Internet plans are described in a lot of ways, and if you’re not familiar with all of the industry-specific terminology that technology companies are using nowadays, it can sometimes get confusing when you’re trying to compare “apples to apples.”
Here’s a simple explanation of some of the more common, yet sometimes confusing terms many internet providers use.
We all know what “unlimited” is supposed to mean, but many internet providers say their internet plans are unlimited while adding an asterisk and fine print underneath it. Before signing up for an unlimited plan, it’s a good idea to research if there are any limitations or strings attached. Unlimited at MTA really means unlimited. If you’re on one of MTA’s unlimited internet plans, we promise you’ll never get charged overage fees for using too much internet, and your plan will never be throttled (we’ll talk more about that later).
All internet plans are either unlimited (meaning there’s no data limit) or they’re capped. Capped plans mean you’ll have a set amount of internet you’re allowed to use. If you don’t use the internet very often, having a capped plan with a set internet limit lets you pay less for using less.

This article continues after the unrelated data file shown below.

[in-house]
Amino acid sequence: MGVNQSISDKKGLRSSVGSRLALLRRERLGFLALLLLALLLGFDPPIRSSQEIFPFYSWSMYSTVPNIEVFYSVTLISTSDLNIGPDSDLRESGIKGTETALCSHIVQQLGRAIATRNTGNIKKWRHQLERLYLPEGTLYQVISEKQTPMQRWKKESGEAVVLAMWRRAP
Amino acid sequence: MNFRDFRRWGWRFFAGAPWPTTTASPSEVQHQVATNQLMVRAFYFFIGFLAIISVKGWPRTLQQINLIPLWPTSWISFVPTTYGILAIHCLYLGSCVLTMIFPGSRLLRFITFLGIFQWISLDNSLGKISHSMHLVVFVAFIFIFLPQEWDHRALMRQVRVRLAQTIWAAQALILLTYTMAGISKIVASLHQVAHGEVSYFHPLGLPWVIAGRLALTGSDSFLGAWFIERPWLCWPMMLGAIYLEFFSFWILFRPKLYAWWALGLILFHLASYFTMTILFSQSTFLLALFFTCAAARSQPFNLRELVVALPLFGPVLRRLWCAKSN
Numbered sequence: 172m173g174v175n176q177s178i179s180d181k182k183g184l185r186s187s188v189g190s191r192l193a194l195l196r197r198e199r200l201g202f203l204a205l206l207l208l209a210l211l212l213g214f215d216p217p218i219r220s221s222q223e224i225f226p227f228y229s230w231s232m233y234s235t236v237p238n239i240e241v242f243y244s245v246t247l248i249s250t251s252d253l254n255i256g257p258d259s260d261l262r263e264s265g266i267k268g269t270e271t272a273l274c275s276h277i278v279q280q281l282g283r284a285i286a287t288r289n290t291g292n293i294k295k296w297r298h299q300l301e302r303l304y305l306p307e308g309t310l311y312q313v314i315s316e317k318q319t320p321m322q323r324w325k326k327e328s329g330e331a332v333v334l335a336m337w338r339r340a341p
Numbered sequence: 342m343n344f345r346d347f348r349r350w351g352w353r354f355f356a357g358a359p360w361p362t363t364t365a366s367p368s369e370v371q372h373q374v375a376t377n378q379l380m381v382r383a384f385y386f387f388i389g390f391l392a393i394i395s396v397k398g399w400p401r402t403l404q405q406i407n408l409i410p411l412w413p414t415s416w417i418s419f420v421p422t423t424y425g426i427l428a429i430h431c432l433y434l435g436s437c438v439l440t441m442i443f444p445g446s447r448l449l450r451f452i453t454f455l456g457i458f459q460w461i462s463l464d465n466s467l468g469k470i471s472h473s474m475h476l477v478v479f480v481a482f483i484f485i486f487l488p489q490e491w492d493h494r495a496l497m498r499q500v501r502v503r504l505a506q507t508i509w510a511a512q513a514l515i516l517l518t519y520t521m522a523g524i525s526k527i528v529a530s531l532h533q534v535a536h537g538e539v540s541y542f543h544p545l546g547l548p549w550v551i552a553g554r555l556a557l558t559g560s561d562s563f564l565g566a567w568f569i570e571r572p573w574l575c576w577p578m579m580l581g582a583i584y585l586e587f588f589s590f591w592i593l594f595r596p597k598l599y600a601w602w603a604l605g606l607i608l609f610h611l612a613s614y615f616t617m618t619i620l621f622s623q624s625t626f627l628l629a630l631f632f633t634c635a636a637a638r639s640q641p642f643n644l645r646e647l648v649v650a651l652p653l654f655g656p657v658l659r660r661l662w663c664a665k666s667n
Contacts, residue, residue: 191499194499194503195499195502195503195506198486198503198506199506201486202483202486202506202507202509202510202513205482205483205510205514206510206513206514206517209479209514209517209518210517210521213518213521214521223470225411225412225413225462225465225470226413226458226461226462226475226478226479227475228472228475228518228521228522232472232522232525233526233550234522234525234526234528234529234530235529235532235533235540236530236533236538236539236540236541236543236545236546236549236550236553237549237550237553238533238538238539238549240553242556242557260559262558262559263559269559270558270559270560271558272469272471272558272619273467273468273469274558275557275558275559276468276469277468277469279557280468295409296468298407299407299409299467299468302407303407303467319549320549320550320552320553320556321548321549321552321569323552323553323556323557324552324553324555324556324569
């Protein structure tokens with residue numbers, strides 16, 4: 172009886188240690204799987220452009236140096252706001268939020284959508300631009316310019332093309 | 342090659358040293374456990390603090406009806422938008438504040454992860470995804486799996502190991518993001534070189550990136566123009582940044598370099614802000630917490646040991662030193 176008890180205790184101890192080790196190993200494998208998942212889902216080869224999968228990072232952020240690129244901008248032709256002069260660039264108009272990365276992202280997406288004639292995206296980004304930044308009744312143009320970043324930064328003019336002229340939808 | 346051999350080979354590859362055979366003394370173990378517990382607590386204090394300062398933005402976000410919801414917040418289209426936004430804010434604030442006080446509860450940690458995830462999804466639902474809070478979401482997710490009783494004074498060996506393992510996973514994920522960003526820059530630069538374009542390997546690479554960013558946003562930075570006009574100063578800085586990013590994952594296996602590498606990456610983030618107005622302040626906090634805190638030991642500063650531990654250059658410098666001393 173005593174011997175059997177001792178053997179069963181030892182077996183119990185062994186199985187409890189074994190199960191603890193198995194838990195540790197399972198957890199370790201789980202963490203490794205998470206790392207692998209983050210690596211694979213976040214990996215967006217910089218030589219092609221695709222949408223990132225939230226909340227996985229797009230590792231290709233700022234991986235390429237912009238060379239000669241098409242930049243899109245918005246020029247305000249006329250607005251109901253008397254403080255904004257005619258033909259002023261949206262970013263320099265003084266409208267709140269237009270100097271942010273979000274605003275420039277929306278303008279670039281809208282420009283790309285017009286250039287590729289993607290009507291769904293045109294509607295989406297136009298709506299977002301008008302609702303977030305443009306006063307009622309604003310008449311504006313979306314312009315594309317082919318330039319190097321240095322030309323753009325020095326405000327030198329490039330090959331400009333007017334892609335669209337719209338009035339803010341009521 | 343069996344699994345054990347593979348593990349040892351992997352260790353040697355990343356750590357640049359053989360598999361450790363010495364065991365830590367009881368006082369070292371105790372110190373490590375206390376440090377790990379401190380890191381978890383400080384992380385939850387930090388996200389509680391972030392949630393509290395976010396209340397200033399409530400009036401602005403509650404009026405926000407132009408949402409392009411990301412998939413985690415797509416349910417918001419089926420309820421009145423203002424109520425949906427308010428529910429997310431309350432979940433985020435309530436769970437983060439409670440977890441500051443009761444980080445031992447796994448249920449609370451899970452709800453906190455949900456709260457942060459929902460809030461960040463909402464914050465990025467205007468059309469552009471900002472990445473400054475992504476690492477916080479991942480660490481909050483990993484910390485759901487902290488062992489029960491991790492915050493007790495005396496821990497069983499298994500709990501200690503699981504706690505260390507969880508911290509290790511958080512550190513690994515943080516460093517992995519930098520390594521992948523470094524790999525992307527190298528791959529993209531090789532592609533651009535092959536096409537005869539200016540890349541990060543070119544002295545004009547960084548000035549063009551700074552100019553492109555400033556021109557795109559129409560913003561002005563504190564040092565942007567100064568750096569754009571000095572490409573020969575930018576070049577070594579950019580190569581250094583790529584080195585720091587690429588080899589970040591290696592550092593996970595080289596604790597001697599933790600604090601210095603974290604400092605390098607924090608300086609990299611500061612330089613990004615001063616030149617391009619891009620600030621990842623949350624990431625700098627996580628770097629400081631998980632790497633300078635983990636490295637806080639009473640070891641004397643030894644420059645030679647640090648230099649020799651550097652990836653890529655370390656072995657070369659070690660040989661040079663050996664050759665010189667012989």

Internet throttling is something many Alaska internet users have experienced, but you might not have realized that there was a word for it. Throttling usually happens when you’re close to reaching your capped internet plan’s monthly limit. Instead of charging overage fees for going over your monthly usage allowance, sometimes cable companies will slow your internet way down – usually to nearly unusable speeds. That extreme slow down on your internet speed is called throttling. MTA never throttles our internet customers!
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